Slow cyclone recovery but fishing still solid
  |  First Published: May 2011

Recovery mode up here at Port Hinchinbrook seems to be going at snails pace due to insurance companies, politics and poor management.

Regardless of what the media are reporting it seems to me that the smaller communities are all being shafted up here.

On the fishing front there has been plenty of barra caught by locals and the few visitors to the area. Anywhere on the flats that has snags present are holding good schools of smaller barra. They are easily caught with shallow diving lures. with bombers being particularly productive.

Quite a few threadfin around the 3kg mark have been taken in the shallows, however their big brothers in the deeper waters provide the most action. One client last month hooked up to possibly the biggest threadfin I have ever seen. The long and arduous fight had us convinced we had a shovelnose ray on the line, until this monster appeared on the surface about 30ft out from the boat. The fish had to be around the 25kg mark, and after another big run down river it broke us on one of the many snags in the channel. Can’t have everything go your way but it would have been nice to get a photo!

It’s amazing how much the channel has changed since Cyclone Yasi struck in early February. It washed out a lot of sand and provided more exposed rock and structure, creating some great new fishing spots. Once the Herbert River settles and the monsoonal periods end the fishing is really going to go off and all these new areas created should be prime spots for fingermark and the odd black jew.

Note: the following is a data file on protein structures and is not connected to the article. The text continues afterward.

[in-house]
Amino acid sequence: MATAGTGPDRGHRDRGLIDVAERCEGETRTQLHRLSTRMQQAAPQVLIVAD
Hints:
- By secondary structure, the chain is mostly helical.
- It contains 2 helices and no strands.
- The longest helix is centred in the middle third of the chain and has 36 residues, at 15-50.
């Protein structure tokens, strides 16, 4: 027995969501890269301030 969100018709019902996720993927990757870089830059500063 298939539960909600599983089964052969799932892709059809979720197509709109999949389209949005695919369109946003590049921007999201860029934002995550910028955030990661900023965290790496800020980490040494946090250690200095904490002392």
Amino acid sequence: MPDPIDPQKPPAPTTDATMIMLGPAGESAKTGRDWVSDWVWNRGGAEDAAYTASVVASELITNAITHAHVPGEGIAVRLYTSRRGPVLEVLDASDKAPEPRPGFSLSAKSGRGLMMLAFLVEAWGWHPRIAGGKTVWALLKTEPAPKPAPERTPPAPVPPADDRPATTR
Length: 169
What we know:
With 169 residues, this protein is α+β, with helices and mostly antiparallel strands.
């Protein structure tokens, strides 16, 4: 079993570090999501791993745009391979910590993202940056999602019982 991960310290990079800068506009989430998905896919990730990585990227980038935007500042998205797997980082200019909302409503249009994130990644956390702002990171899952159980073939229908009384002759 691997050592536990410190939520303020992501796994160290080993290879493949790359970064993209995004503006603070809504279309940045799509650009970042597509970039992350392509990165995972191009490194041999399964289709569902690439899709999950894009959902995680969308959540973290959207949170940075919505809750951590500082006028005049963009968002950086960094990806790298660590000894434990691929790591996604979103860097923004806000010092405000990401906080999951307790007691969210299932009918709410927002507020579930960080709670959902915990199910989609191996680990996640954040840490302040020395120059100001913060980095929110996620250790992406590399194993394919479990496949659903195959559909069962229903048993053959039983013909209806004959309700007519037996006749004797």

As per usual, May should be one of the best months for fishing. The barra and most inshore species will fire and a few Spanish mackerel will start showing on the inshore islands and headlands. The weather should be ideal for fishing the reefs this month. Reef fish just love this time of year as many species move back to waters shallower than 20m in search for warmer water. The best time to fish is always the making tides up to each moon.

While visiting Otter Reef recently, I was amazed by the amount of coral up in the shallows, which produced swags of trout and other reef fish. The greens have spouting a different story in the media, saying that Yasi destroyed the coral reefs. They have even used old file footage of bleaching events from other reefs to push their somewhat questionable agendas.

I hope to be back out at the reef soon with an underwater camera, so I can post the footage on the Internet to show how these environmentalists might be trying to twist things their way. I’m all for looking after our oceans and ensuring fishing is sustainable but I don’t think the greens have to be so nasty in their one sided pursuits.

If you’re booking a fishing holiday this year, we have outstanding fishing for less than half the price of other well known destinations. For more info or charter contacts give us a call on 0418538170 or --e-mail address hidden--

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